When a child is planning to go to college, California parents may become worried that their plans to get a divorce could have an impact on whether or not their child actually gets to go. However, careful planning, even if a divorce is just around the corner, can help keep a child’s education on track.
The costs of going to college, which include tuition, fees and room and board, go up by about 3 percent every year. In the 2017-2018 school year, the costs of college amounted to an average of $47,000 for a nonprofit private school and about $21,000 for an state public school. However, only about 66 percent of married parents have a financial plan in place when it comes to their children’s college educations.
When people are going through a divorce, however, they should be realistic about the state of their future finances. A court cannot order a parent to pay for college if he or she does not have the money. This means that parents and the child may have to scale back education plans, especially since living expenses may double when parents go from supporting one household to two. However, there are other alternatives that can help pay for school, like student loans and scholarships.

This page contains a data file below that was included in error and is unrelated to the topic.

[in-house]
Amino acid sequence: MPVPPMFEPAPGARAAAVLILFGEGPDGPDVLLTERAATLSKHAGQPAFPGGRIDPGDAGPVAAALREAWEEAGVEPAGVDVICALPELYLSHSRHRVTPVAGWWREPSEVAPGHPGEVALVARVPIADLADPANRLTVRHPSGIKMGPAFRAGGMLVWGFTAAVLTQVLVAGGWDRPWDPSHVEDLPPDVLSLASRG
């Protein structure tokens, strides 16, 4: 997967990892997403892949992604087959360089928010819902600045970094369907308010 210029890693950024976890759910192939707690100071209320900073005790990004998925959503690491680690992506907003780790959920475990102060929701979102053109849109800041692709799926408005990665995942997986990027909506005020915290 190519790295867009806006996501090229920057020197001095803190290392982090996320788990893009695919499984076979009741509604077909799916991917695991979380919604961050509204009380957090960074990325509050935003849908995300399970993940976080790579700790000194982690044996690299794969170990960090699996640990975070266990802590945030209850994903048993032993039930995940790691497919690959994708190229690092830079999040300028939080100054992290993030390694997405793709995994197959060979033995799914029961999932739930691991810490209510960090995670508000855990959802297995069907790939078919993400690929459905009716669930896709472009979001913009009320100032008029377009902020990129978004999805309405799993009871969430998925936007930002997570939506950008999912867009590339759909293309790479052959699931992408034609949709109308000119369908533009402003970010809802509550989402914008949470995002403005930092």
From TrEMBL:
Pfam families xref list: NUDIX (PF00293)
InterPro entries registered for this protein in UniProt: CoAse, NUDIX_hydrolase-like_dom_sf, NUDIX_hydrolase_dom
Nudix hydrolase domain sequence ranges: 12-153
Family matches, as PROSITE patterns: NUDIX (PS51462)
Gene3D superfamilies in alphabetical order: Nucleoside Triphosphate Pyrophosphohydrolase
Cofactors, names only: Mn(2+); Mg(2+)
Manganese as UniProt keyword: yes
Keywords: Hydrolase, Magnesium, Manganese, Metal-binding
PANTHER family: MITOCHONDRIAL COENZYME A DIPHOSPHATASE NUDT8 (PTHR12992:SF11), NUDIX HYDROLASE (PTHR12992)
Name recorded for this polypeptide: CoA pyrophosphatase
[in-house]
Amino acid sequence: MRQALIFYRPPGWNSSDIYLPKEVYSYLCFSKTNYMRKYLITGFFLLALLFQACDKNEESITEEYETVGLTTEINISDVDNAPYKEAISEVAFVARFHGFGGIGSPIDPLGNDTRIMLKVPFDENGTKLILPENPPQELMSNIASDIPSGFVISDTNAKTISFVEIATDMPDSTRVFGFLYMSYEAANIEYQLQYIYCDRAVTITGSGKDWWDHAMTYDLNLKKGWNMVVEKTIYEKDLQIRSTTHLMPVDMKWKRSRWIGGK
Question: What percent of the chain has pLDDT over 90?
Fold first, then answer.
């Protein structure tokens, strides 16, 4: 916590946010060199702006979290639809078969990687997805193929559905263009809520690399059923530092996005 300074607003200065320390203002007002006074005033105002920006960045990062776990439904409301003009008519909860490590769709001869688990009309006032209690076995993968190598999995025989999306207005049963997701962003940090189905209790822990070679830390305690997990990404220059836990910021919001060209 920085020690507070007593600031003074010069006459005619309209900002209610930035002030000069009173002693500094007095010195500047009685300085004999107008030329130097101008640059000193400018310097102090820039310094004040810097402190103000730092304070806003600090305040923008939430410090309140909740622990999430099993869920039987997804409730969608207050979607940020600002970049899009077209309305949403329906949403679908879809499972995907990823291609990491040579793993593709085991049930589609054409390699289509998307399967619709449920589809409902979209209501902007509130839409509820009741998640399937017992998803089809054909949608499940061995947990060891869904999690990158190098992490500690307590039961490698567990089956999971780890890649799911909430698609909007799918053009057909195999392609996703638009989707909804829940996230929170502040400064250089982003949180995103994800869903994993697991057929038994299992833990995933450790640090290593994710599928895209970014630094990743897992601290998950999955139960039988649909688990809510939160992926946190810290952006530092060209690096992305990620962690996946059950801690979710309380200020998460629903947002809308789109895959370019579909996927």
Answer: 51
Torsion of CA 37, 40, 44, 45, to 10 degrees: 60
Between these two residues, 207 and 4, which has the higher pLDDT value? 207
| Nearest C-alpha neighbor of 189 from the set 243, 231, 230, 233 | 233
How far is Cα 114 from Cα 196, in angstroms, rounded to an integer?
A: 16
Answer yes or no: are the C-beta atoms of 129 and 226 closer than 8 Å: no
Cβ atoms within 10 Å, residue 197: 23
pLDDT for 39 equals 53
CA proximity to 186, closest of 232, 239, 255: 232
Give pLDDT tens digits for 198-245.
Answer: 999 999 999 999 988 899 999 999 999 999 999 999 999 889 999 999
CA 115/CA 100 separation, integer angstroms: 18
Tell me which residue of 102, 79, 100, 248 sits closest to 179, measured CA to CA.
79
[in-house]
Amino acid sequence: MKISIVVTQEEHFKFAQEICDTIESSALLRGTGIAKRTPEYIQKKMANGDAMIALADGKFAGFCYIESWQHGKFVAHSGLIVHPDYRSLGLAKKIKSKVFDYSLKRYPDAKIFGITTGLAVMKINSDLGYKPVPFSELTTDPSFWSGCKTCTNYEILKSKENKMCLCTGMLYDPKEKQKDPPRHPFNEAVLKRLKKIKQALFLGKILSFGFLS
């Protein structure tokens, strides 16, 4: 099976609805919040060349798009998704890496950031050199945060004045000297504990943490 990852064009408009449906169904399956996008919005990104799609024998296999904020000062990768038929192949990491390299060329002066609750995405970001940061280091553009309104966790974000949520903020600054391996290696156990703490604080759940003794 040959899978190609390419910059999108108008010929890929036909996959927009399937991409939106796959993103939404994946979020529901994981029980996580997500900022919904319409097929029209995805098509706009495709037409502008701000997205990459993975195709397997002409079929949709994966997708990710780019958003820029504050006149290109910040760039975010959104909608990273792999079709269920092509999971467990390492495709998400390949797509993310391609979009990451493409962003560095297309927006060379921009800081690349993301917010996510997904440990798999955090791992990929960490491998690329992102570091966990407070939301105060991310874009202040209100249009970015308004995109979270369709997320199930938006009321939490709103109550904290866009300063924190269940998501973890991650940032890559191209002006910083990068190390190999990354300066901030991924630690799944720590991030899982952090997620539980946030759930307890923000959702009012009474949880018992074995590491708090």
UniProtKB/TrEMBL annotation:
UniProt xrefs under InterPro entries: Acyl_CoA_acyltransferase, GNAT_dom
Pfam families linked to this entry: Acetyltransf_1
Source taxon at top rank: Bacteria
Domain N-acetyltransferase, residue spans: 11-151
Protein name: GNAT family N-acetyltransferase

When a couple gets divorced, the noncustodial parent will often be required to pay child support. While child support is commonly thought to end at age 18, this may not actually be the case, especially if the child is going to college. If the child does not go to college but has reached the age of 18, a parent may go to court to request that the child support payments be ended. A family law attorney may assist with filing the legal documents and providing evidence that the child no longer needs the support.
Source: CNBC, ‘How to keep your divorce from sabotaging your children’s college education,” Lorie Konish, May 18, 2018